The Volvo Ocean Race Revolution
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The Volvo Ocean Race Revolution

Volvo Ocean Race has undergone the most significant changes since its launch in 1973.
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The CEO of the legendary circumnavigation, Mark Turner, revealed the plans for the Volvo Ocean Race at a big press conference at the Volvo Museum in Gothenburg.

The organizers of the race have found an elegant solution to the eternal argument led by fans around the world: single hulls or catamarans? There will be three hulls - they decided.

No, it's not about trimarans (at least not yet). Starting from the next edition, the teams will participate in the Volvo Ocean Race on both monohulls and catamarans.

The ocean stages of the race will be held on new 60-foot monotypes equipped with hydrofoils, while the port races will be held on flying catamarans between 35 and 50 feet long. At the same time, the status of port races in the competition will increase, although it is not yet specified how. So far, the results of port races have been taken into account only if several teams have the same number of points at the finish line.

The design of the new Volvo Ocean Race monotypes is already in place. They will be, in fact, supercharged IMOCA 60 designed by French foil guru Guillaume Verdier.

He has laid out an interesting feature in the design: after participating in the Volvo Ocean Race, a boat can be converted for a small team, or even for a single team, without extra cost, and can be used in IMOCA 60 class races, such as the Vendee Globe or Barcelona World Race, where two teams are involved.

The construction of the 60-foot VOR single hulls for teams of 5-7 people will start at the Persico Marine yard in Bergamo, Italy. The final stages of the rigging will take place at The Boatyard, Volvo Ocean Race's own mobile yard. Where The Boatyard will be based this time will be determined in a competition among applicants for the title of host city.

The first boat will be launched in January 2019, but eight in total will be built. They are expected to serve the teams for at least six years.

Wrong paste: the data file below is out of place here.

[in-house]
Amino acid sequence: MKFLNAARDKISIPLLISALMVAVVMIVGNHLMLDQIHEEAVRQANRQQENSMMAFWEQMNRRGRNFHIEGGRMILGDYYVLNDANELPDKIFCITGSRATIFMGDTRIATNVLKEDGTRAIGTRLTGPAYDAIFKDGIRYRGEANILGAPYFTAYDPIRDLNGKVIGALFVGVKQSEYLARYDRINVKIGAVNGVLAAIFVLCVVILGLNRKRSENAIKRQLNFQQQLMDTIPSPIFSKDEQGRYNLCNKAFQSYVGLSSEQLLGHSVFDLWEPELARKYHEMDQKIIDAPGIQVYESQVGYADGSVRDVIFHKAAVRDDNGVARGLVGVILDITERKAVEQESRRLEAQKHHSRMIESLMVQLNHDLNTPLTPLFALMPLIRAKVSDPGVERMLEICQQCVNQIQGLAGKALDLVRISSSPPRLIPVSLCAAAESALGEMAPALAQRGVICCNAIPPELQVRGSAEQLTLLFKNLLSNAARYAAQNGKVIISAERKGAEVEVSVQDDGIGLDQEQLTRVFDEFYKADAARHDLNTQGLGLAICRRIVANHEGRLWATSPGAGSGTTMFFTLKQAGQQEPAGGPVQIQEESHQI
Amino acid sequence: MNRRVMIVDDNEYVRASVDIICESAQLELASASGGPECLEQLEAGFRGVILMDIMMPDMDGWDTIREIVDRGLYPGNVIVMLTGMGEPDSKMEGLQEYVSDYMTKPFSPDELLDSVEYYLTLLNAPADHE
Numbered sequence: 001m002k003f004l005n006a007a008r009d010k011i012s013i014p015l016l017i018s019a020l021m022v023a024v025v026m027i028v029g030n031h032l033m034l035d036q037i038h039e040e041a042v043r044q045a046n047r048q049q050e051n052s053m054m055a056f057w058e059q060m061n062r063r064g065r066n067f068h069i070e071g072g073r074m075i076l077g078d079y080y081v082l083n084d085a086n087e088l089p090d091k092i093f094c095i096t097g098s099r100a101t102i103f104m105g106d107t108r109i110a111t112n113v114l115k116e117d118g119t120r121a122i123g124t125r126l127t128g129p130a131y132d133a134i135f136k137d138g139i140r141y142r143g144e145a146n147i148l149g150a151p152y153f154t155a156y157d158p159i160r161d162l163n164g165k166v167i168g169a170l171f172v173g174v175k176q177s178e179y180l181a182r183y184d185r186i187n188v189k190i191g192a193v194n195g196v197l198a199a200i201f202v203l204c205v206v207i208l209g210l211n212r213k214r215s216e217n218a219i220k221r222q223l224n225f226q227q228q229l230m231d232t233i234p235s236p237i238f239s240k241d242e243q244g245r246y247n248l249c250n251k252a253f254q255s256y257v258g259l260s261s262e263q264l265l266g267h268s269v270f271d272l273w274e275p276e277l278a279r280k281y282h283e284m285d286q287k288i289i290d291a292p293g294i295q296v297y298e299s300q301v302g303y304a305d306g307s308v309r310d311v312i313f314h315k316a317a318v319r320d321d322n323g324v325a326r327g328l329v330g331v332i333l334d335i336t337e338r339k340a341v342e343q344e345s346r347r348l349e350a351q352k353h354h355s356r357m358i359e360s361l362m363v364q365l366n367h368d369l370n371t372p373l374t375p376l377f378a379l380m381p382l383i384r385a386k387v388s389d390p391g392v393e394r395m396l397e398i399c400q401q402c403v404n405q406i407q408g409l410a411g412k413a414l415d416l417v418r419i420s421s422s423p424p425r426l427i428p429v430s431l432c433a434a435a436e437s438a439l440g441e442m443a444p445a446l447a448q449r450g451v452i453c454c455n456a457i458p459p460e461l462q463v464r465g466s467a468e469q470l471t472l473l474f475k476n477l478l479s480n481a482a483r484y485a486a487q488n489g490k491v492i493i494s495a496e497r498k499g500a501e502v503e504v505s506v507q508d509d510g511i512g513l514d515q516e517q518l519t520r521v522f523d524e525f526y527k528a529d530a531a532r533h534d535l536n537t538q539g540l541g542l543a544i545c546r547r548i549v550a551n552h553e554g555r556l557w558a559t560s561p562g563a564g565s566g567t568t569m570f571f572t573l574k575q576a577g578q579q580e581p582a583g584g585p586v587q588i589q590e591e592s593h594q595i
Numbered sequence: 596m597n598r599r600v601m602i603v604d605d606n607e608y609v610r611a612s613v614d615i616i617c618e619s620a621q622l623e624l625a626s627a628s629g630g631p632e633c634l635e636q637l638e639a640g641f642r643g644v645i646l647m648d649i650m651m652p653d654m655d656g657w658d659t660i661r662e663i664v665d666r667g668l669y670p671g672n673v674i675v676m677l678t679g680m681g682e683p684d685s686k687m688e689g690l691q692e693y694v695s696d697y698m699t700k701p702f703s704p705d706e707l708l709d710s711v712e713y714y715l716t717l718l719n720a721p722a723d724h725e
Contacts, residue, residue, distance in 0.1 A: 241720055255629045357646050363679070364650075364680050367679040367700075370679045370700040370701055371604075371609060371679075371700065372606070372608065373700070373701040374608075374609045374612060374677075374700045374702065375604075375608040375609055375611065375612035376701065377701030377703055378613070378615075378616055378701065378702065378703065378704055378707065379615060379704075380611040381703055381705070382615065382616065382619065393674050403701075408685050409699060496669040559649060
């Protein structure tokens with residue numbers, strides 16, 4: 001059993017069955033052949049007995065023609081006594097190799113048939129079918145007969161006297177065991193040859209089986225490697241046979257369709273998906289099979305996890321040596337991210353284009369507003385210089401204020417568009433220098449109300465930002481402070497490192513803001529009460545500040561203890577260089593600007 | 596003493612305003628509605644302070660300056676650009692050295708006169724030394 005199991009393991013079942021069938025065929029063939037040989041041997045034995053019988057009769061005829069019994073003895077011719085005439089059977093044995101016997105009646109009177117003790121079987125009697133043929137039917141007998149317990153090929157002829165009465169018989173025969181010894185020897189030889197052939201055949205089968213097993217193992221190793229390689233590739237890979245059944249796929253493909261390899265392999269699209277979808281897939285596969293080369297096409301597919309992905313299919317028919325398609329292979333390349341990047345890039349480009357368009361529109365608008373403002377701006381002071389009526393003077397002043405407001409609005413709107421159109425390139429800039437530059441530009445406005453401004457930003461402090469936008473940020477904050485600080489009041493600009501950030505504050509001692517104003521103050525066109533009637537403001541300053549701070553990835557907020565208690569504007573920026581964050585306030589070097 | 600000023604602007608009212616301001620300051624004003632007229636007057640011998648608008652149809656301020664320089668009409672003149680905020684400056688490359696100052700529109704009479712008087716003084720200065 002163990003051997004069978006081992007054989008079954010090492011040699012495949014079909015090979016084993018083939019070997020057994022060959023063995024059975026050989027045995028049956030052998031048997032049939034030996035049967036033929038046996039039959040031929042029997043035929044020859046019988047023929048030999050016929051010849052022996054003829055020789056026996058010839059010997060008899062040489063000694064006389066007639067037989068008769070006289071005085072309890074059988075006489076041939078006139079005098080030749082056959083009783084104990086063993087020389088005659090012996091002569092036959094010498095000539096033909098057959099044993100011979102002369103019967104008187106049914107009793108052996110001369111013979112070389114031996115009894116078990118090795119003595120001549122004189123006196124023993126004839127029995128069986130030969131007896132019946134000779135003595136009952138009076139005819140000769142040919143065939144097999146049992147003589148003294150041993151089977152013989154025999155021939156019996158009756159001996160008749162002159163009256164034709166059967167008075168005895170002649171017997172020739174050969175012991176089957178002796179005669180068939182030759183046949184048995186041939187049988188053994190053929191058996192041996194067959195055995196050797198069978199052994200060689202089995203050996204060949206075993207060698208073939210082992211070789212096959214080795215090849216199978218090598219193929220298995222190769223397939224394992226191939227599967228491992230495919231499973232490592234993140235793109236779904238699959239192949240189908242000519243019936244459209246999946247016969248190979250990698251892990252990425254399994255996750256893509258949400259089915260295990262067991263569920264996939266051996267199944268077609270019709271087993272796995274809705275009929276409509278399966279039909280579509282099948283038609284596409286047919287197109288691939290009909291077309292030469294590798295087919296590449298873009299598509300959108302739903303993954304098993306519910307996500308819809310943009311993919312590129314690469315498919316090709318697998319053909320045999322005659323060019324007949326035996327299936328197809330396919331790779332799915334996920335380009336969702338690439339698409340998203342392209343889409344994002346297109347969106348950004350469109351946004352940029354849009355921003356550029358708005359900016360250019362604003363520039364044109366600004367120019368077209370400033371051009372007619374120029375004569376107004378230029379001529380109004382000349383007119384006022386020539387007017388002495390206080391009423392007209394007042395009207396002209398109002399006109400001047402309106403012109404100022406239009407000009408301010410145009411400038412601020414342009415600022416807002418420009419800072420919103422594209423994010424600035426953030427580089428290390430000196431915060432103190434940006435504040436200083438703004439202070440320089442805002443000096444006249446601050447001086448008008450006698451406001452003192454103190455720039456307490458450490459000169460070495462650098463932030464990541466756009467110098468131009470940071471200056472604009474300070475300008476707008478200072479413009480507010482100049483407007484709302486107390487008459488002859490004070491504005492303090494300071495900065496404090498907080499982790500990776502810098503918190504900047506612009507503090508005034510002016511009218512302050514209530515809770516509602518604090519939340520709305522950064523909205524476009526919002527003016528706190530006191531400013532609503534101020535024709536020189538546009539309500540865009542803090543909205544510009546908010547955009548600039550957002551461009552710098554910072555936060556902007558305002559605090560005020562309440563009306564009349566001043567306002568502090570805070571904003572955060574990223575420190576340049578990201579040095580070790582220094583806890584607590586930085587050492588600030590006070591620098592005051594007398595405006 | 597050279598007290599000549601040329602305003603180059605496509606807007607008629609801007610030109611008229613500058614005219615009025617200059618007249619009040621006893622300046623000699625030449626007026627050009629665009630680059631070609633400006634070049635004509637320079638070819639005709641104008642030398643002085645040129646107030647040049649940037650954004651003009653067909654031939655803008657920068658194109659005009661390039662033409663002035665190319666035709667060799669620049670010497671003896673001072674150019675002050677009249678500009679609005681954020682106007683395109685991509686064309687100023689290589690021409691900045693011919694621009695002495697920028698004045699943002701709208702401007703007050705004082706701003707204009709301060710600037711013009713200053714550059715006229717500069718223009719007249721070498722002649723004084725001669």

As for catamarans, there is a tender open for their design and construction. Like monohulls, catamarans will be built according to strict monotype class rules.

Boats will be available for hire to teams and budgets will not grow, promises race director Mark Turner. Now the budget of the team participating in Volvo Ocean Race is 10-12 million euros for two years.

«The teams and sponsors will have to act quickly because we expect these exciting new boats to sell out quickly," Turner warns. - The competition regulations, the commercial partnership agreement and the boat rental agreement for the next edition will be published before the 2017-2018 race, which starts in October».

To help young promising athletes pave the way for the Volvo Ocean Race, the organisers, in partnership with the International Sailing Federation World Sailing, will create a network of Volvo Ocean academies where young yachtsmen can gain the offshore racing experience they need to participate in the famous round the world. The Federation has proposed to the International Olympic Committee that offshore racing be included in the Tokyo Olympic programme. If the committee approves the proposal, the boats that will be approved as Olympic Class will be trained at Volvo Academies.

Another focus of the Volvo Ocean Race is ecology. The organizers have signed partnership agreements with 11th Hour Racing, AkzoNobel and the United Nations Environment and approved «a sustainable development»plan, according to which, starting from publication 2017-2018, efforts will be made to minimize the impact on the environment and spread knowledge about pollution problems and how to solve them. For example, the Volvo Ocean Race teams will give up plastic dishes and boats around the world will be used to record information about the state of the ocean. In addition, the organizers have established Ocean Summits, a platform for dialogue between scientists, athletes, business and government on environmental protection.

As for the race route, it will also undergo changes. For example, the organizers plan to include Antarctica's wrap-around or even a non-stop round-the-world voyage as one of the stages.

Three-year breaks between races will disappear, and racing activity will become annual.

Not all VOR fans like the changes made to the race format.

«Copying the Vendee Globe and the America's Cup negates the essence of the Volvo Ocean Race. Speed in or above water is not everything»," says one of the critics of the new format. «I'm a little disappointed with the introduction of different boat formats. The idea is to see how the same boat survives all the way and fights in port racing. Besides, we are sailors, not pilots»," writes another.

However, the Volvo Ocean Race does not believe that the introduction of multihulls is a failure.

On the contrary, in the long term, the race CEO Mark Turner sees an opportunity for VOR to fully switch to multihulls, and we are not even talking about catamarans, but trimarans on the foils, such as the developed French VPLP Ultime.
«In the next decade we're very likely to see the new French Ultime multihulls rushing around the oceans, flying over water most of the time," he said. - But in the end, we felt it was too early to talk about it at this point in development, especially when it comes to building a large fleet of monotypes. It's impossible to modify the entire park with every technological leap».

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